A LITERARY REVIEW BY SHRESTHA MUKHERJEE
As the clock strikes past the hour of dawn, the mist of newly decked-up day quivers in delight around the enigma of mountain cliffs. A bunch of workers who work in the fields, weave in exile and pluck tea leaves were sighted coming down, invading the fog swirling their path by singing their songs in disgrace and joy at the same time. Has anyone ever wondered what this emptiness is after they left, had something in them that they want to narrate? Has anybody ever heard what these hometown roads, the enormous northern pines, the mysticism of unbrooding affairs, roses and epitaphs, smoggy breathes, prolonged tears, March wind, cacophonic death and chaotic love are trying to utter from the hushed shadows shaking from the void? Despite its ongoing tension and violence at the very present, Manipuri literature is known for its captivating and intersectional field that studies memory accounts. Manipuri literature has always understood the concept of Memory Studies in terms of its scenic beauty, historical significance and cultural practices. Summing up the theme, renowned Manipuri Poet Robin S. Ngangom unveils whatever lies under the shroud of this mortal society. As a bilingual poet and translator, Ngangom projects the ‘carnal life’ as the essence of his poetry that revolves around political situations of the North East, societal discrimination, isolation and mundaneness of modernisation, and quests through a psychological retrospection.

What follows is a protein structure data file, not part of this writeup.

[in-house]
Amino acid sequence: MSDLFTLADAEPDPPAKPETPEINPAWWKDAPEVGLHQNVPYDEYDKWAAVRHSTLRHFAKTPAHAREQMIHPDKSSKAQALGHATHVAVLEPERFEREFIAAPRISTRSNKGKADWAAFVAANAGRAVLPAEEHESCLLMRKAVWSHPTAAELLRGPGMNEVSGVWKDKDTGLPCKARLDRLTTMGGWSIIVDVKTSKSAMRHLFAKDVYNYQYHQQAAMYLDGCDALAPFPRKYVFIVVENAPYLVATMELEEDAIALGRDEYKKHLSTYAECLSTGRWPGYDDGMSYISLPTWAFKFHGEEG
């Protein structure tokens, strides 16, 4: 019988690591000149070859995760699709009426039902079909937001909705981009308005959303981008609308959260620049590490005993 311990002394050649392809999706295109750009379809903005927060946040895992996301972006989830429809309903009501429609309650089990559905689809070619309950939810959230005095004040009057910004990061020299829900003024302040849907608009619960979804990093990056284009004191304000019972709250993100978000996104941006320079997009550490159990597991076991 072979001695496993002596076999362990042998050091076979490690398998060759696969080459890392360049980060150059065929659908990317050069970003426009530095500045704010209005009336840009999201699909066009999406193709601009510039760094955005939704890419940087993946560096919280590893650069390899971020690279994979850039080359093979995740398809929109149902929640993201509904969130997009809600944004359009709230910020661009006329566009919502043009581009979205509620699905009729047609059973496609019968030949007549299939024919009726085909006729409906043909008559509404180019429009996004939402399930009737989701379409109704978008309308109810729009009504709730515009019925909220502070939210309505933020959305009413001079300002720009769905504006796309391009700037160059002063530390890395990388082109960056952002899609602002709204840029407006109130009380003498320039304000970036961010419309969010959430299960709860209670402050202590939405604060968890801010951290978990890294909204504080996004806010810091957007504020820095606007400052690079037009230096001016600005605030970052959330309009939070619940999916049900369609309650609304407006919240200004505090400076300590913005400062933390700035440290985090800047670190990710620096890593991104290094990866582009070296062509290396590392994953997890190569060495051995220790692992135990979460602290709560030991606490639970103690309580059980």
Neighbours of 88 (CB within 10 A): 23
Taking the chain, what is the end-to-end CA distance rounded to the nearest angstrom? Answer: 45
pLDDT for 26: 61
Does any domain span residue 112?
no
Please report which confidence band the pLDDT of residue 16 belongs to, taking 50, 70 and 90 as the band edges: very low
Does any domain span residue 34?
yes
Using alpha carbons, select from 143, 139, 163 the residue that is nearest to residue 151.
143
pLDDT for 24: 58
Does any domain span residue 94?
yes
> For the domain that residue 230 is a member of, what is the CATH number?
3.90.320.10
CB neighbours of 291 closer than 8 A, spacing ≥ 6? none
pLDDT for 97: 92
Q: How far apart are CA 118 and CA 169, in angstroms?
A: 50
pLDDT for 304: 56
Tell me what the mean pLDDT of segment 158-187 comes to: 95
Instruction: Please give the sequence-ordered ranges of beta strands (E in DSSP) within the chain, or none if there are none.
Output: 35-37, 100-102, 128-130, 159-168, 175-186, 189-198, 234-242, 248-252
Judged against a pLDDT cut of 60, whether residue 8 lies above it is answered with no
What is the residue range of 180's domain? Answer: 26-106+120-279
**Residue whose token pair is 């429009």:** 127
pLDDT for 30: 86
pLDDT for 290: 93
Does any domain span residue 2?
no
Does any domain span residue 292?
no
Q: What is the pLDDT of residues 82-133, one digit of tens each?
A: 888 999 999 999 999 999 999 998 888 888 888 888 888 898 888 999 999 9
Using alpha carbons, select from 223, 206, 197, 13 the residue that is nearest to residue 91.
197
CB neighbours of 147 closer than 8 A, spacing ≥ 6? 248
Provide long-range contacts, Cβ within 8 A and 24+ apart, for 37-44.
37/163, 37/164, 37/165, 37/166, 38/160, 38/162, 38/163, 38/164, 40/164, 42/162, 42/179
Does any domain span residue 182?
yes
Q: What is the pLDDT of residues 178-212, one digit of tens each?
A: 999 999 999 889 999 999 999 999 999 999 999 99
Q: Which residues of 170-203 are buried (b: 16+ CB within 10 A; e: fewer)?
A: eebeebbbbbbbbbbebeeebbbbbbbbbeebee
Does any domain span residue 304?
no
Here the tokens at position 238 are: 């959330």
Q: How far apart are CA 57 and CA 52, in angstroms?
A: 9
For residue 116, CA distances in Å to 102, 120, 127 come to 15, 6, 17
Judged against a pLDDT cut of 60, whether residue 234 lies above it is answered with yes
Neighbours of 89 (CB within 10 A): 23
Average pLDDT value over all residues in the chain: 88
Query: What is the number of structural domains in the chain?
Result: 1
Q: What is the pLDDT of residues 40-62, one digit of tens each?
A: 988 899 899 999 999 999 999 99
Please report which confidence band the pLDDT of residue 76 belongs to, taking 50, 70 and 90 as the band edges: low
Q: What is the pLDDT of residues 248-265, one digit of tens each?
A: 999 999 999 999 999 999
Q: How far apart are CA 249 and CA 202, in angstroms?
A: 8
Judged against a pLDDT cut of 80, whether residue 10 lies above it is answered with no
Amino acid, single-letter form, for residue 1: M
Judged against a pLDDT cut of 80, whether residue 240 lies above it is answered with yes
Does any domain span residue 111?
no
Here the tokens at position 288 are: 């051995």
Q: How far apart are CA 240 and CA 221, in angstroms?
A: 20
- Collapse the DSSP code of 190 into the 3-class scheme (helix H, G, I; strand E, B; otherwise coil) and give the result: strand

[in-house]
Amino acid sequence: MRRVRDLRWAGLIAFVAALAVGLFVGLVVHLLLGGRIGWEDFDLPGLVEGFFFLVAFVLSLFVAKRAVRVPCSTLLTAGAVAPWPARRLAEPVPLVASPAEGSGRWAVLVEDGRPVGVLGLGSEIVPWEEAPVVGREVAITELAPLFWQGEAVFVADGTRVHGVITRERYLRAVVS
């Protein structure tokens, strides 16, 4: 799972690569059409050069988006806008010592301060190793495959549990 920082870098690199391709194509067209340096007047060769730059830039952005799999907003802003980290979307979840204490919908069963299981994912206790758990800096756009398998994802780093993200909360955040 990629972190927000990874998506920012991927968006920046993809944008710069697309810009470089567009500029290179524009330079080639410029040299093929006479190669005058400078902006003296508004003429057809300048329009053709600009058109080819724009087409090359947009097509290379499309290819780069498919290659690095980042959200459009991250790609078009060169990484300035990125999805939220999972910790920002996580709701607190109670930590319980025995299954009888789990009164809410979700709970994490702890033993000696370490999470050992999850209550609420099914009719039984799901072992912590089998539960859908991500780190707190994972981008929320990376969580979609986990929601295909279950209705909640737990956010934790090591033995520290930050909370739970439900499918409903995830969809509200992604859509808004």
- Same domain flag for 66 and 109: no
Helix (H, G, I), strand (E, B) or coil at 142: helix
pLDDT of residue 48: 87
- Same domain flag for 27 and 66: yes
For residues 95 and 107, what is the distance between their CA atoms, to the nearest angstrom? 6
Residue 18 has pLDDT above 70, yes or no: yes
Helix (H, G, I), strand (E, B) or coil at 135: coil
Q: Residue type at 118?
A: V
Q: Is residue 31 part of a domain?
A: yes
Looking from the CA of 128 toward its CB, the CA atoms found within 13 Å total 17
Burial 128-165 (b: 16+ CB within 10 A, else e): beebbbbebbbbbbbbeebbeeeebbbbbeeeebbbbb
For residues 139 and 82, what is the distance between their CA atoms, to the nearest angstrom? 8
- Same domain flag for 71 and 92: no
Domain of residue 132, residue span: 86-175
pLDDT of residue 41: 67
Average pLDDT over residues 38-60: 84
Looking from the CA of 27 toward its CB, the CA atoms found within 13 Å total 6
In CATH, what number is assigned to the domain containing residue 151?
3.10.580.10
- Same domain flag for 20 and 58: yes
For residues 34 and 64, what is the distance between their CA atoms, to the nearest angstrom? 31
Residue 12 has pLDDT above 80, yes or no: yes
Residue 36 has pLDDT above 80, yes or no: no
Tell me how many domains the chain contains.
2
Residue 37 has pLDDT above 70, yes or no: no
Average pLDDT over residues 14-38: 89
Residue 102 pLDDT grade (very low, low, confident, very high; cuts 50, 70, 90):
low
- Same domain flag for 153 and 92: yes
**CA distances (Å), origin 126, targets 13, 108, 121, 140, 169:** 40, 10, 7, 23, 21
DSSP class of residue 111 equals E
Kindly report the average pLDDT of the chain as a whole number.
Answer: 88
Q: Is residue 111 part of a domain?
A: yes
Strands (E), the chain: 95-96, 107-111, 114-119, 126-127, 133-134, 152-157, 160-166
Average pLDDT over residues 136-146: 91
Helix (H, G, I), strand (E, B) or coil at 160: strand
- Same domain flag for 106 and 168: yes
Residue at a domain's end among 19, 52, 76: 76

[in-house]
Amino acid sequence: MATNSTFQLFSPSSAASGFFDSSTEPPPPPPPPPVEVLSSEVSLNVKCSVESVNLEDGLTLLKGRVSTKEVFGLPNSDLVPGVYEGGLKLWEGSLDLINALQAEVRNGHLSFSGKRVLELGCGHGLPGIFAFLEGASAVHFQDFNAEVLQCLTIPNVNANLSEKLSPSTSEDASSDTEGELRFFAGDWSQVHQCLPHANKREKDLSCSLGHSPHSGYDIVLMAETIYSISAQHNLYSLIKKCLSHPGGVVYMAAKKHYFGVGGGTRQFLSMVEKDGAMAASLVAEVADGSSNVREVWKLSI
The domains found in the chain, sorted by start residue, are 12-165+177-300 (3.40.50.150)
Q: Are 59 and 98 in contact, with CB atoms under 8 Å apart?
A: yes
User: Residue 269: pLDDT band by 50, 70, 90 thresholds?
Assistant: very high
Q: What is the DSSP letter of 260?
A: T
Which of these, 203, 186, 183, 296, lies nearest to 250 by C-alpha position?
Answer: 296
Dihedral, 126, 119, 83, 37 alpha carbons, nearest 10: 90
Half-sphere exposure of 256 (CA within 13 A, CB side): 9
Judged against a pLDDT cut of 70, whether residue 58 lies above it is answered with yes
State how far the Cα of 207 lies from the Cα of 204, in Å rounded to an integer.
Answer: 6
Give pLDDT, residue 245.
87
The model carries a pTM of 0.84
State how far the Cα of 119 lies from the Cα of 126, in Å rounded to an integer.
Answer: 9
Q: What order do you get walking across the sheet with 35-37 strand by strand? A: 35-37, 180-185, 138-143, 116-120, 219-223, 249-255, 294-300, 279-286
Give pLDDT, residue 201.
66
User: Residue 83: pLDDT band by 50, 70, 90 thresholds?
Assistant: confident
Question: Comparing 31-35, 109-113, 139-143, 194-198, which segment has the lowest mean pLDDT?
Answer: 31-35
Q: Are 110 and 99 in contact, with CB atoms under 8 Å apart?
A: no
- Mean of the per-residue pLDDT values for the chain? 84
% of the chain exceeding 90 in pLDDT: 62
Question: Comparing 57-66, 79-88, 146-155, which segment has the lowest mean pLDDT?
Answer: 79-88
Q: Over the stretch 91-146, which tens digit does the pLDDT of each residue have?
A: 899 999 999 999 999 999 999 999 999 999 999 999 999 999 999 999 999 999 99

The Desire of Roots is the third poetry book by the writer. The book is a two-section collection distributed as ‘The Book of Lusts’ and ‘Subject and Objects’ that consisted of 48 poems and was published in July 2006. This anthology goes along the path of anxiety, obscenity and existent hostility. The French writer Jean Klein once said, “The root of all desires is the one desire: to come home, to be at peace. There may be a moment in life when our compensatory activities, the accumulation of money, learning and objects, leaves us feeling deeply apathetic. This can motivate us towards the search for our real nature beyond appearances.”